According to Henry, SerCom develops and enhances MySAP ERP on an ongoing basis and he frequently refers to its flexibility as a key attribute. His team looks at new processes on a monthly basis and must integrate them within SAP very soon after, in some cases, this is stipulated in service-level agreements with customers. He recalls one client in the consumer electronics sector recently asking SerCom to provide distribution services covering the Americas from a base in Chicago. “Part of that commitment was, can we be live in eight weeks? Without our internal team and without SAP, the answers to these questions become no, and we’re in the business of saying yes,” Henry states. Other sites have gone live in similarly speedy timescales – a location in Poland took four weeks to go live and another in China was online in a fortnight.
SerCom naturally has a close relationship with SAP on the ground in Ireland and its efforts in bringing flexibility into the supply chain have been endorsed by the software giant. “We find it to be a very supportive organisation. I think it likes some of the things we’ve been able to do,” Henry remarks.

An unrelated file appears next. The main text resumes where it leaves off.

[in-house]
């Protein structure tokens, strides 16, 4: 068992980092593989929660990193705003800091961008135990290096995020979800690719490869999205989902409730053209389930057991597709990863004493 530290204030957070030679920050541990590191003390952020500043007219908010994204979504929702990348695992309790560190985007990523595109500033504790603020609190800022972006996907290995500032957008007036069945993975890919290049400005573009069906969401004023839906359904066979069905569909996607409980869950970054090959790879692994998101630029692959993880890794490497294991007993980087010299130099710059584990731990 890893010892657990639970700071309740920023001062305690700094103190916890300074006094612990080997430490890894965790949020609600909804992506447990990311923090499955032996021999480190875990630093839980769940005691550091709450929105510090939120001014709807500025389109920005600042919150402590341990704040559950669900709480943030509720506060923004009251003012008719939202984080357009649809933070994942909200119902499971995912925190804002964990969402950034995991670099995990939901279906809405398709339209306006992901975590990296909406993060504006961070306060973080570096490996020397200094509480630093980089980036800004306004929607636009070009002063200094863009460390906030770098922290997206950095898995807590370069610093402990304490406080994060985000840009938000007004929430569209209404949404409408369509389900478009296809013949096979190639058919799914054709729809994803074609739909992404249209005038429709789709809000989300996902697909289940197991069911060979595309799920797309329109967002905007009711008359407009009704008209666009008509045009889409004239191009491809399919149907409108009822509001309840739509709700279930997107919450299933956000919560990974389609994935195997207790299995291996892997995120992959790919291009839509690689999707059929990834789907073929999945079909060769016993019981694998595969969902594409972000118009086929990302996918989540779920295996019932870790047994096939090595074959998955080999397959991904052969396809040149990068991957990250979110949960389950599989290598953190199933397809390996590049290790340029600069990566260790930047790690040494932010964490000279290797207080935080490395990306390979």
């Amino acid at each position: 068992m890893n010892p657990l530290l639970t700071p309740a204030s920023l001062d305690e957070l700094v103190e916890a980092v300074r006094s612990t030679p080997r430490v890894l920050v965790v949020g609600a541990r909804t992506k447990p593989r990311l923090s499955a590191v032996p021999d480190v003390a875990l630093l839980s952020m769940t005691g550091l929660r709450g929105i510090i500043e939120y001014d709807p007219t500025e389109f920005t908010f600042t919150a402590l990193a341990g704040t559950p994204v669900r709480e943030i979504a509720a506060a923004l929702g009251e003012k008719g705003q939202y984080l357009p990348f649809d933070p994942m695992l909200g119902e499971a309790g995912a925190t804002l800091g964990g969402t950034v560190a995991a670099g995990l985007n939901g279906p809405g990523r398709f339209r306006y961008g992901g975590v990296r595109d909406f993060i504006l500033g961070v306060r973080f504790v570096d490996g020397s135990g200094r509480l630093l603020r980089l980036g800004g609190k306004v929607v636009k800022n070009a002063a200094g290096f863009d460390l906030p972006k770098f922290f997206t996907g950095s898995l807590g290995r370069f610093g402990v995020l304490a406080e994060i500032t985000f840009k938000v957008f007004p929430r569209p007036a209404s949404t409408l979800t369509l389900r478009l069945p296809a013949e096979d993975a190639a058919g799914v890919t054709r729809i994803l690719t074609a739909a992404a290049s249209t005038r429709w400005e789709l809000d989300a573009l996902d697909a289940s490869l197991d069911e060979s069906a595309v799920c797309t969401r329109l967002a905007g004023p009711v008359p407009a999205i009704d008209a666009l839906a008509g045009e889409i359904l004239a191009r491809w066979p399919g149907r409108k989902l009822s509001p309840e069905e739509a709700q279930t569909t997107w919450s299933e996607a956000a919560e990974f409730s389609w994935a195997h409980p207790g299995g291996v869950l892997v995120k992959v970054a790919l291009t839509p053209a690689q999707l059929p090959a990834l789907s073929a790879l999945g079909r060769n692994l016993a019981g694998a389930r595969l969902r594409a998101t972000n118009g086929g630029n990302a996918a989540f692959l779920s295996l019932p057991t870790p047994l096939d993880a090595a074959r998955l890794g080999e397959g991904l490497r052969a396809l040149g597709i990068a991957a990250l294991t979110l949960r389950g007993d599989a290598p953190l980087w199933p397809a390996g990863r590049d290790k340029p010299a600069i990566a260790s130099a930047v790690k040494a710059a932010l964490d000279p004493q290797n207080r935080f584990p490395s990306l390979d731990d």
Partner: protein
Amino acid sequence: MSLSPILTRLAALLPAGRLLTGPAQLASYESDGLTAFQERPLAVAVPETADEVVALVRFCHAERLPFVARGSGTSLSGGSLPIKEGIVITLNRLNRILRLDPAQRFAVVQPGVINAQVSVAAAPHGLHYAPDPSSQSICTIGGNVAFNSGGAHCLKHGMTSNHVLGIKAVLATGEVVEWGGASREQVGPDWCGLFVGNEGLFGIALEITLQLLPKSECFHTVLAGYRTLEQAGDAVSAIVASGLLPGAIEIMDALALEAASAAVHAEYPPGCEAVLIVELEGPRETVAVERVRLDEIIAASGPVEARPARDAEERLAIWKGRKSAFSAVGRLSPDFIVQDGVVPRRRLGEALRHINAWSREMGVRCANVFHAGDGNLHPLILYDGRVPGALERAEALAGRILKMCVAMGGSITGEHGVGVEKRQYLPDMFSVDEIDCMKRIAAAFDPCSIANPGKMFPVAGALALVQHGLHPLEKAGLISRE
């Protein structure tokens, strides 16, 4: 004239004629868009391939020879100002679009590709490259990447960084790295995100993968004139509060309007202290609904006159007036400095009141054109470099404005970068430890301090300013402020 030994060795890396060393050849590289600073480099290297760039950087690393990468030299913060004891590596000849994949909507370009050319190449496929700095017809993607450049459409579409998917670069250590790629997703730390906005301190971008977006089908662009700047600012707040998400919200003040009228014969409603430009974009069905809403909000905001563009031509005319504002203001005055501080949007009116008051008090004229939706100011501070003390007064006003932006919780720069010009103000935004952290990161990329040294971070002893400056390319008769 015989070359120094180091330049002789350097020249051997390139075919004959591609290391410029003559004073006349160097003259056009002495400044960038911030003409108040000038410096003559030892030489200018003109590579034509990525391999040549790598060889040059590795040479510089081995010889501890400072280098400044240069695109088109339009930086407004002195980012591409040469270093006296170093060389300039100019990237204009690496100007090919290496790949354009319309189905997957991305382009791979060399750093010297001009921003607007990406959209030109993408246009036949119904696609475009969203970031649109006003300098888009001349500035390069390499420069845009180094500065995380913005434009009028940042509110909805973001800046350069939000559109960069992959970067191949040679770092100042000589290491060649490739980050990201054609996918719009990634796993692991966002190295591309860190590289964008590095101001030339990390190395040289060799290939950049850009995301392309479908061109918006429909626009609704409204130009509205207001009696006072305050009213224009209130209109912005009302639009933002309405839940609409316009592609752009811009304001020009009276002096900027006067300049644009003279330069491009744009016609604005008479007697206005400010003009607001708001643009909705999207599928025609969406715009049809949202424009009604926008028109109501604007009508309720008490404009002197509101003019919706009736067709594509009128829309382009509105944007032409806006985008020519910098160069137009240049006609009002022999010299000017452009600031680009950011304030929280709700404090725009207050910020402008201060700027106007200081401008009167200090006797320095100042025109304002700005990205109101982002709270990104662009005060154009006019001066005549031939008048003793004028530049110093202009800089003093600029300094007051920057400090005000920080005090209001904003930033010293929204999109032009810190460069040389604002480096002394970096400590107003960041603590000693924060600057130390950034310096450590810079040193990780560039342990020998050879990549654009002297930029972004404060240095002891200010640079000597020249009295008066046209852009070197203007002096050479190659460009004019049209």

SerCom also makes use of radio frequency (RF) technology in its warehouses and Henry points out the “amazing” processes driving quality assurance through RF scanning. “Every box coming into these buildings is scanned at the unique carton level. There’s also matching off of scanning part numbers, serial numbers and all of that stuff using RF,” he says. He is full of praise for Irish supplier Heavey RF, which installed and maintains the Techlogix RF system. The internal IT team at SerCom developed a compatible RF application within SAP Console so that it integrates seamlessly.
As with any modern IT chief, Henry is always looking at ways to remove cost from doing business and, to that end, he has been an enthusiastic adopter of open source and Unix variants where appropriate. For example, SerCom uses the open source software Nagios.org as its monitoring tool. A useful feature, Henry says, is the facility for sending text message alerts to the team in the event of an outage or about an issue that needs to be addressed. “Around the periphery, such as network monitoring tools, helpdesk applications or document management systems, we’re using a number of open source tools and we’re delighted with how well they’re working for us. At the coalface of delivering the business day-to-day needs we have exclusively commercial products, such as SAP, and I don’t envisage that changing, but open source has been good to us and we tinker around the edges,” says Henry.